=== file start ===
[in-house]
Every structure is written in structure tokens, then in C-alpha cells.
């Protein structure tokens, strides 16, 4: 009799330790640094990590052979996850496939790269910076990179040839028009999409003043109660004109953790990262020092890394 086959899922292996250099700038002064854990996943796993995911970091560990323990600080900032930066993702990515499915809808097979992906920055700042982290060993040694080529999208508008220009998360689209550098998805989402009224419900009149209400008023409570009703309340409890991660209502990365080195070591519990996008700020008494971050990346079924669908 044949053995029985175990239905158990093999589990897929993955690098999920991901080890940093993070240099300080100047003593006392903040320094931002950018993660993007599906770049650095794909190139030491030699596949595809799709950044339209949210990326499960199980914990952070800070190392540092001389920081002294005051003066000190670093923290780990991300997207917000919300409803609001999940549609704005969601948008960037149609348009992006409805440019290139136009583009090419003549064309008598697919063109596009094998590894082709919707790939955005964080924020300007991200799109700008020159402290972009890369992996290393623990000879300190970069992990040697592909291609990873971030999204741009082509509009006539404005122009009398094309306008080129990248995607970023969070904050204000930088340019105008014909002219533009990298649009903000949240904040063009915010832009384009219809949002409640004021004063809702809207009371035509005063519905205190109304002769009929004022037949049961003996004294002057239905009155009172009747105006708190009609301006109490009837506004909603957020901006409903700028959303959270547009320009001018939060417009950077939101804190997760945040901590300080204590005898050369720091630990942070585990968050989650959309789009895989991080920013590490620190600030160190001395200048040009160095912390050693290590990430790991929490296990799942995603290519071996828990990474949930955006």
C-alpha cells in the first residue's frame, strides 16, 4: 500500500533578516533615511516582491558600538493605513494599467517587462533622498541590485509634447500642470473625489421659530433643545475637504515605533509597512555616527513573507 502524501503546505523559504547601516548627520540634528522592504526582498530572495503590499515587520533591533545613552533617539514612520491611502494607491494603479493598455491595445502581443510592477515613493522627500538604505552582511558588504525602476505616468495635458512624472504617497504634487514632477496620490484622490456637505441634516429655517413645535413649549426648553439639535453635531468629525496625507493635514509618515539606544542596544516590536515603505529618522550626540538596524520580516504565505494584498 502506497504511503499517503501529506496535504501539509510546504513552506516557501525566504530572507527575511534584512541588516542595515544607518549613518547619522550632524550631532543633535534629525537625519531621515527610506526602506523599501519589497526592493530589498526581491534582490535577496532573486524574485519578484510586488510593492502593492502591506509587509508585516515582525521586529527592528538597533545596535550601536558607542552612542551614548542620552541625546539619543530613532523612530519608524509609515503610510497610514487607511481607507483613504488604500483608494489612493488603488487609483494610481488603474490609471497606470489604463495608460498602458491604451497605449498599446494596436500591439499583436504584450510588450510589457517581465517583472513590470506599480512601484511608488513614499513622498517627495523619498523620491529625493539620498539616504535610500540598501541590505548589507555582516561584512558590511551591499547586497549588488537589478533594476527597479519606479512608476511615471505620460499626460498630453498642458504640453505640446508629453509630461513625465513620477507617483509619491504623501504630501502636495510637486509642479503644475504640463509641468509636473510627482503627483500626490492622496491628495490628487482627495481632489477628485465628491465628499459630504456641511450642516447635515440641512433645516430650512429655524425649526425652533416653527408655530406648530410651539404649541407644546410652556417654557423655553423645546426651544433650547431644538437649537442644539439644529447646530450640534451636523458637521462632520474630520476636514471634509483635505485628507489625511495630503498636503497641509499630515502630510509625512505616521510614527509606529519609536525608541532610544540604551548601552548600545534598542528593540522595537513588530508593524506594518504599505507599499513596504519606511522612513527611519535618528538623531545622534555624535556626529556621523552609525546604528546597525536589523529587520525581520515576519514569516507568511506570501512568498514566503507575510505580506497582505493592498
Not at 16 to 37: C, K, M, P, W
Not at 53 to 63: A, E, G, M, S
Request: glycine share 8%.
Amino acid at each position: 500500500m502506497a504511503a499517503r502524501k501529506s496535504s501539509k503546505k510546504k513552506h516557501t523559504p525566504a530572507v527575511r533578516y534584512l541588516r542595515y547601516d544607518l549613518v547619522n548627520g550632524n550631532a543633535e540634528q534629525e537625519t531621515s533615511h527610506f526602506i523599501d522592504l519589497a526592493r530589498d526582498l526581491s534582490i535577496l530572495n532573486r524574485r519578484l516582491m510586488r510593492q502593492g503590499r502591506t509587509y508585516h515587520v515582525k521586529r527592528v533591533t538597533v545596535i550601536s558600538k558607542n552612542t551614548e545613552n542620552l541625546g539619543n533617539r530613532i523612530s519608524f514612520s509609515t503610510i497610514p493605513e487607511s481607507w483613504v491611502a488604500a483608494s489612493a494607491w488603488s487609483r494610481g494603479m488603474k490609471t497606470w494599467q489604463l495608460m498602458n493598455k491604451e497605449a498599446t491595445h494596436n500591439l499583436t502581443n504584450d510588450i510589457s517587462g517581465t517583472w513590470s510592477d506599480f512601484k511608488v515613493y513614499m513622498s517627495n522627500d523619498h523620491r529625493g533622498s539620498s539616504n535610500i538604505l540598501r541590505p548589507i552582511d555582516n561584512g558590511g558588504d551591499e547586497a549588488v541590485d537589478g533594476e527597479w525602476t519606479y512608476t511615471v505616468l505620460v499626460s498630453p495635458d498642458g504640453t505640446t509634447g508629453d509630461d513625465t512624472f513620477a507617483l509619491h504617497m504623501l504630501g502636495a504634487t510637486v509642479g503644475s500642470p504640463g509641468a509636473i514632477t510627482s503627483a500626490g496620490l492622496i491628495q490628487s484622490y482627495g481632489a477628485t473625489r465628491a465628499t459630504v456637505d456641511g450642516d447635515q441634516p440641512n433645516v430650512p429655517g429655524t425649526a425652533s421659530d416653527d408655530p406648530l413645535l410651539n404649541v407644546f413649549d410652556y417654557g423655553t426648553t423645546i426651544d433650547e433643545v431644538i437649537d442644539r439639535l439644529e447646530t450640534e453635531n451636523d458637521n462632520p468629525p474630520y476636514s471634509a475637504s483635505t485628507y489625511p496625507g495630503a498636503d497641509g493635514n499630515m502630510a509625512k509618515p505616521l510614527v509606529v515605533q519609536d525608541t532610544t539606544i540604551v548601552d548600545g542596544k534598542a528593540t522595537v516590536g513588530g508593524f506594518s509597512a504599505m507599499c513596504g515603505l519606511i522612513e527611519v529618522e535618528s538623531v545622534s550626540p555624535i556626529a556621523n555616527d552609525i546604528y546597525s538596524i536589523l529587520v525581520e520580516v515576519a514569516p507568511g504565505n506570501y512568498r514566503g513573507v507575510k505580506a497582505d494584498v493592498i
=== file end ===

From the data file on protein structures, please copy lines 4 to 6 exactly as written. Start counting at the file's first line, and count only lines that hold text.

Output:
C-alpha cells in the first residue's frame, strides 16, 4: 500500500533578516533615511516582491558600538493605513494599467517587462533622498541590485509634447500642470473625489421659530433643545475637504515605533509597512555616527513573507 502524501503546505523559504547601516548627520540634528522592504526582498530572495503590499515587520533591533545613552533617539514612520491611502494607491494603479493598455491595445502581443510592477515613493522627500538604505552582511558588504525602476505616468495635458512624472504617497504634487514632477496620490484622490456637505441634516429655517413645535413649549426648553439639535453635531468629525496625507493635514509618515539606544542596544516590536515603505529618522550626540538596524520580516504565505494584498 502506497504511503499517503501529506496535504501539509510546504513552506516557501525566504530572507527575511534584512541588516542595515544607518549613518547619522550632524550631532543633535534629525537625519531621515527610506526602506523599501519589497526592493530589498526581491534582490535577496532573486524574485519578484510586488510593492502593492502591506509587509508585516515582525521586529527592528538597533545596535550601536558607542552612542551614548542620552541625546539619543530613532523612530519608524509609515503610510497610514487607511481607507483613504488604500483608494489612493488603488487609483494610481488603474490609471497606470489604463495608460498602458491604451497605449498599446494596436500591439499583436504584450510588450510589457517581465517583472513590470506599480512601484511608488513614499513622498517627495523619498523620491529625493539620498539616504535610500540598501541590505548589507555582516561584512558590511551591499547586497549588488537589478533594476527597479519606479512608476511615471505620460499626460498630453498642458504640453505640446508629453509630461513625465513620477507617483509619491504623501504630501502636495510637486509642479503644475504640463509641468509636473510627482503627483500626490492622496491628495490628487482627495481632489477628485465628491465628499459630504456641511450642516447635515440641512433645516430650512429655524425649526425652533416653527408655530406648530410651539404649541407644546410652556417654557423655553423645546426651544433650547431644538437649537442644539439644529447646530450640534451636523458637521462632520474630520476636514471634509483635505485628507489625511495630503498636503497641509499630515502630510509625512505616521510614527509606529519609536525608541532610544540604551548601552548600545534598542528593540522595537513588530508593524506594518504599505507599499513596504519606511522612513527611519535618528538623531545622534555624535556626529556621523552609525546604528546597525536589523529587520525581520515576519514569516507568511506570501512568498514566503507575510505580506497582505493592498
Not at 16 to 37: C, K, M, P, W
Not at 53 to 63: A, E, G, M, S